Heart disease, stroke, and lung disease are claiming much fewer deaths in Ireland than 30 years ago, according to a European survey.
However, lung cancer and self-harm is becoming common. Self-harm has nearly doubled in the past 20 years.
The survey was carried out among the 15 original members of the EU, including Ireland, along with Australia, Canada, Norway, and the US.
It found that heart disease claimed 81,000 deaths in 2010, a fall of 44% since 1990. Another 27,000 died from stroke, a drop of 39% since 1990. Chronic Obstructive Pulmonary Disease has also fallen, with 18,000 people dying from it in 2010, a drop of 34% since 1990.
Self-harm now accounts for 44% more deaths than it did in 1990. A total of 22,000 deaths were attributed to self-harm in 2010. Lung cancer deaths are also up, by 6% to 30,000 in 2010.
Our lung cancer figures contrast sharply with the UK where lung cancer deaths are down 15%.
Similar to Ireland, the UK recorded 41% and 28% decreases in deaths from heart disease and stroke.
Their figures show that death from Alzheimer’s disease is now 186% more common now than it was 20 years ago.
In contrast with Europe, heart disease in the US is up 14% and diabetes is up 72%. Deaths from lung cancer in the US have also increased by 14%.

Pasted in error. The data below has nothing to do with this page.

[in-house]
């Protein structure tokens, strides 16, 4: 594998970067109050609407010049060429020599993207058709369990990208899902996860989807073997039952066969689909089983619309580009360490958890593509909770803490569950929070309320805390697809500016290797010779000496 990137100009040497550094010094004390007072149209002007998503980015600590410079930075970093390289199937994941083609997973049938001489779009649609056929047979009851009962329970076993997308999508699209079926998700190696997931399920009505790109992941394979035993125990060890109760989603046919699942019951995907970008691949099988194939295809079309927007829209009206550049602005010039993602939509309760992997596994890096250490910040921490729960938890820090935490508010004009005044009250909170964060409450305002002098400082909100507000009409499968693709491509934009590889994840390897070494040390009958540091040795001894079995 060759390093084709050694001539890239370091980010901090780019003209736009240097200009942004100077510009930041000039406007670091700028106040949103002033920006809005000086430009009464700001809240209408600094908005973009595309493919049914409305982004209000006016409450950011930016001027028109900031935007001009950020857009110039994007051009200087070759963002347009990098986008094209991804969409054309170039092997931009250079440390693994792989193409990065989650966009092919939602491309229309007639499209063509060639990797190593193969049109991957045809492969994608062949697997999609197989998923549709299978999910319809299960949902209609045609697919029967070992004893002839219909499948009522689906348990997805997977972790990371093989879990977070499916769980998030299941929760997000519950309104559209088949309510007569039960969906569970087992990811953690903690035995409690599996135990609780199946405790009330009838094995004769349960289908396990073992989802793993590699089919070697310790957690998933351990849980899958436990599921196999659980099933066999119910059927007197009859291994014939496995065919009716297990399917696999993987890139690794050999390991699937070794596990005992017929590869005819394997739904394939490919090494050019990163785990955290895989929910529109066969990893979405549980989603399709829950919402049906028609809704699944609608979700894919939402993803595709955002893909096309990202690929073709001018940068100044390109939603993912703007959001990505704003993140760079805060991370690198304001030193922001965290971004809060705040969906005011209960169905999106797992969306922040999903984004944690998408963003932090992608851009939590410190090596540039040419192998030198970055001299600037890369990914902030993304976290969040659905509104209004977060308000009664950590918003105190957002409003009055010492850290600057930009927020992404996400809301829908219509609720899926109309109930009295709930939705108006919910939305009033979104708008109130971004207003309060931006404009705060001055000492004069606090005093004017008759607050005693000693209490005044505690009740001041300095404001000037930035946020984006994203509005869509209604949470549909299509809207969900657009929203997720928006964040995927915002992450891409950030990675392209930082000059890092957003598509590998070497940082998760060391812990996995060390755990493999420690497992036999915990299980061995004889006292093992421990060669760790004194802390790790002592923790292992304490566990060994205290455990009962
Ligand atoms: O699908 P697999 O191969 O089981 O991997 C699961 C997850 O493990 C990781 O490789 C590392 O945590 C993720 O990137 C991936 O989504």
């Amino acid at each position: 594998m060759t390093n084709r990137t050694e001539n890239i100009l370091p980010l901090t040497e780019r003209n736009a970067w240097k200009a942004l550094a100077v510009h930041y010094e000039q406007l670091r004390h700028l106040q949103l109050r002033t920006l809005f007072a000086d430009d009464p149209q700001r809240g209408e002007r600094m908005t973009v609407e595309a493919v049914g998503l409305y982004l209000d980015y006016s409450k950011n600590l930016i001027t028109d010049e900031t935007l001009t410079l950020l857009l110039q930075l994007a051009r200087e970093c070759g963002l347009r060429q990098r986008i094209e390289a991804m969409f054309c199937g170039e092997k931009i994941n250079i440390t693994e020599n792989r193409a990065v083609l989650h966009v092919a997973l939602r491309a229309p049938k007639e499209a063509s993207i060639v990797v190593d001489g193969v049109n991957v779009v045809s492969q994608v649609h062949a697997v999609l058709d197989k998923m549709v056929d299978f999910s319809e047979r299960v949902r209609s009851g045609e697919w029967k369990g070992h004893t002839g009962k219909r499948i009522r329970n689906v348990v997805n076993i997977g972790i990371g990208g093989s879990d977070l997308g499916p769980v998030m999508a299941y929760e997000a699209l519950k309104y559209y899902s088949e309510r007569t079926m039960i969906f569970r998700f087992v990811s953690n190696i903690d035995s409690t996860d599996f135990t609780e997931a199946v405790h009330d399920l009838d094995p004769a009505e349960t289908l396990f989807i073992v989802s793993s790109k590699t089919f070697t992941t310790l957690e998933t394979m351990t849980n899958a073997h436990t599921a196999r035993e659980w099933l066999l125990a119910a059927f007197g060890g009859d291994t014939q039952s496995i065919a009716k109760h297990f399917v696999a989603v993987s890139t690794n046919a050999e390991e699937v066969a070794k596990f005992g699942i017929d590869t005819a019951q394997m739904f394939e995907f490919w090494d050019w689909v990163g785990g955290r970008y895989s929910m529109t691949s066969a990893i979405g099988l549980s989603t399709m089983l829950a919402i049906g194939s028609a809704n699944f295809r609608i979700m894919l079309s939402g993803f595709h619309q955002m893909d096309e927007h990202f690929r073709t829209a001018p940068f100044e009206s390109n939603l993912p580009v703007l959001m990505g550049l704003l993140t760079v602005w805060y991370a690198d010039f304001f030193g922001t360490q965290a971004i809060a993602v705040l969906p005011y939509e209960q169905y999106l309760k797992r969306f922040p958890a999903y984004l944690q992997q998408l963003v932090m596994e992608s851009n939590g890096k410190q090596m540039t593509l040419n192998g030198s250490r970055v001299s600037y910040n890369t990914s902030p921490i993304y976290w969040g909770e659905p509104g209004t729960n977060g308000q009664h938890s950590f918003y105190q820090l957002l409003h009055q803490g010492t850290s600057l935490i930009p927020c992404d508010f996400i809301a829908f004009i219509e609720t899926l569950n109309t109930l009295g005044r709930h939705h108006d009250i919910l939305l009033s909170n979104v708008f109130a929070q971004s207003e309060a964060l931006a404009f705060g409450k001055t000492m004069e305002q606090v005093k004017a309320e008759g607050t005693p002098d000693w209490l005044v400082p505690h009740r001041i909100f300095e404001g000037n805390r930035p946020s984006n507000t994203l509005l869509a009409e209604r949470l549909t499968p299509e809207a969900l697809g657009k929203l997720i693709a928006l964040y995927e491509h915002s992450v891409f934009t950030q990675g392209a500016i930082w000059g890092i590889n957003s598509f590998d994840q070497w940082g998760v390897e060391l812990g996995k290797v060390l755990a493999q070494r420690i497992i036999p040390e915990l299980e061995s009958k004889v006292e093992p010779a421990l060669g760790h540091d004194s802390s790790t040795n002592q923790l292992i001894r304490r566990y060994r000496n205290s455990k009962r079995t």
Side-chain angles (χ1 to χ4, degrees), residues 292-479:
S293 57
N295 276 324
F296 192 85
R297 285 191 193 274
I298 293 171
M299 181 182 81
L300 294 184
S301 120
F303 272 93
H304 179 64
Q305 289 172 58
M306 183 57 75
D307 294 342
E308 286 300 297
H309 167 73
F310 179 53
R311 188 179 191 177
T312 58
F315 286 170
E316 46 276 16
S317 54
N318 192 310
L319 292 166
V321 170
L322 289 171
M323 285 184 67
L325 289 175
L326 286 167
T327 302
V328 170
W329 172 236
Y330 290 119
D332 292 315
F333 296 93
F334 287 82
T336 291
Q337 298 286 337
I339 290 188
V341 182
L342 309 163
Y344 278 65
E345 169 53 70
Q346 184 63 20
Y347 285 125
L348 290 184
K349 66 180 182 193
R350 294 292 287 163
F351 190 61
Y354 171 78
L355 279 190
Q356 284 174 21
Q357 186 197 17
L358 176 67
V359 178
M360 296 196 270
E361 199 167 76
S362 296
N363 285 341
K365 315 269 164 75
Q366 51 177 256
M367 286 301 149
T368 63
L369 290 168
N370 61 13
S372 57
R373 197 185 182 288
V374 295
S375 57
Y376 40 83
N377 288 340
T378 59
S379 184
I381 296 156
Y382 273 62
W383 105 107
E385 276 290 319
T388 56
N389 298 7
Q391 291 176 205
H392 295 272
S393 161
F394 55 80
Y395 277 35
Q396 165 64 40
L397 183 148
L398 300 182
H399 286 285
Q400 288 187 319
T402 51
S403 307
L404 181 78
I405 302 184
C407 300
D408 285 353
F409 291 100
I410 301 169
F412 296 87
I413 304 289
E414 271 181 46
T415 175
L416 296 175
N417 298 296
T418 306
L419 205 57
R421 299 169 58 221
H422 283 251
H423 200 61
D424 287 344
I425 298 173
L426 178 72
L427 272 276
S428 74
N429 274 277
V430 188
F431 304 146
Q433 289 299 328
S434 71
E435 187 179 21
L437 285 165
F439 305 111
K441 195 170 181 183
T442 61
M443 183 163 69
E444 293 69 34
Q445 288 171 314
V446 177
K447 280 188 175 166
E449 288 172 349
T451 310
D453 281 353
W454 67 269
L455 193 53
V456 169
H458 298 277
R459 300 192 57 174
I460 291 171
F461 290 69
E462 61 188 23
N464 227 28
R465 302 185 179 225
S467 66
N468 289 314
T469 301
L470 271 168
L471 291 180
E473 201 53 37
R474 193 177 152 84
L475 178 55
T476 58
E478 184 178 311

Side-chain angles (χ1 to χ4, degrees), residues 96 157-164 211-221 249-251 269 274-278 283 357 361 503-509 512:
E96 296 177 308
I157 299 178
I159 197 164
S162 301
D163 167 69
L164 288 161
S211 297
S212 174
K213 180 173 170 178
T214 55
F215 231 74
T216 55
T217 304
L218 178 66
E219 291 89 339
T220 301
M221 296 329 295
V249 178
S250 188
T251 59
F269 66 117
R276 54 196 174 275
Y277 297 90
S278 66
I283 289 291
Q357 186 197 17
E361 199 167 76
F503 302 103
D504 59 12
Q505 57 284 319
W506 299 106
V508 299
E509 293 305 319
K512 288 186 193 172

The research shows that fewer people in Ireland are dying younger due to diseases.
Ireland move from 15th place to 12th among the 19 countries taking part in the survey. Our life expectancy at birth has risen from 18th to 13th place.
In contrast, the UK has dropped down the league table, with a disimproved performance under age-standardised death rates, years of life lost, and life expectancy at birth.
The only category in which Ireland fell down the league table was under ‘age standardised years lived with disability’, under which we dropped from third to ninth place.
Our lower rating in this category is believed to be due to the fact that thanks to advances in drugs, disabled people are now living longer with chronic conditions.
The researchers used data from the ‘Global Burden of Diseases, Injuries, and Risk Factors Study’. The research was published in The Lancet.
According to the authors, global programmes to fight infectious diseases, maternal and child illness, and malnutrition are working.
“They now cause fewer deaths and less illness than they did 20 years ago. As a result, fewer children are dying every year, but more young and middle-aged adults are dying and suffering from disease and injury, as non-communicable diseases such as cancer and heart disease become the dominant causes of death and disability worldwide,” the executive summary states.
“Since 1970 men and women worldwide have gained slightly more than 10 years of life expectancy overall, but they spend more years living with injury and illness.”
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